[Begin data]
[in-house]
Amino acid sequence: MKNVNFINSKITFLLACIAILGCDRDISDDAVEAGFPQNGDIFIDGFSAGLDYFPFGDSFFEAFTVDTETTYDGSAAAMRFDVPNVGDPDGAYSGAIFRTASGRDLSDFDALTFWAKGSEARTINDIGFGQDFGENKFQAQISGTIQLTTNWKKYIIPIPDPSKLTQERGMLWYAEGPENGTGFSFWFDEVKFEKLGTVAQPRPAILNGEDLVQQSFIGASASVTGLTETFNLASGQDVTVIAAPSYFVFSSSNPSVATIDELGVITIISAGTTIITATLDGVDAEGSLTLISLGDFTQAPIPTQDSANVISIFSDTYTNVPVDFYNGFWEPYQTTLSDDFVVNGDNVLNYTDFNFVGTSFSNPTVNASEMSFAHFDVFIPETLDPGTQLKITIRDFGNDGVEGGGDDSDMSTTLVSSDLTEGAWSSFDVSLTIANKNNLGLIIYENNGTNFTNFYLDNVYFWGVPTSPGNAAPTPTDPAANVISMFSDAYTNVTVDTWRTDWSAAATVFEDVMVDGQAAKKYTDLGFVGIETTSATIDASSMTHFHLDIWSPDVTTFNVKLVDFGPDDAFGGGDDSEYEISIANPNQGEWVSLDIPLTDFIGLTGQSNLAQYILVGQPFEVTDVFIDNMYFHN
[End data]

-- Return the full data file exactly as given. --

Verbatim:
[in-house]
Amino acid sequence: MKNVNFINSKITFLLACIAILGCDRDISDDAVEAGFPQNGDIFIDGFSAGLDYFPFGDSFFEAFTVDTETTYDGSAAAMRFDVPNVGDPDGAYSGAIFRTASGRDLSDFDALTFWAKGSEARTINDIGFGQDFGENKFQAQISGTIQLTTNWKKYIIPIPDPSKLTQERGMLWYAEGPENGTGFSFWFDEVKFEKLGTVAQPRPAILNGEDLVQQSFIGASASVTGLTETFNLASGQDVTVIAAPSYFVFSSSNPSVATIDELGVITIISAGTTIITATLDGVDAEGSLTLISLGDFTQAPIPTQDSANVISIFSDTYTNVPVDFYNGFWEPYQTTLSDDFVVNGDNVLNYTDFNFVGTSFSNPTVNASEMSFAHFDVFIPETLDPGTQLKITIRDFGNDGVEGGGDDSDMSTTLVSSDLTEGAWSSFDVSLTIANKNNLGLIIYENNGTNFTNFYLDNVYFWGVPTSPGNAAPTPTDPAANVISMFSDAYTNVTVDTWRTDWSAAATVFEDVMVDGQAAKKYTDLGFVGIETTSATIDASSMTHFHLDIWSPDVTTFNVKLVDFGPDDAFGGGDDSEYEISIANPNQGEWVSLDIPLTDFIGLTGQSNLAQYILVGQPFEVTDVFIDNMYFHN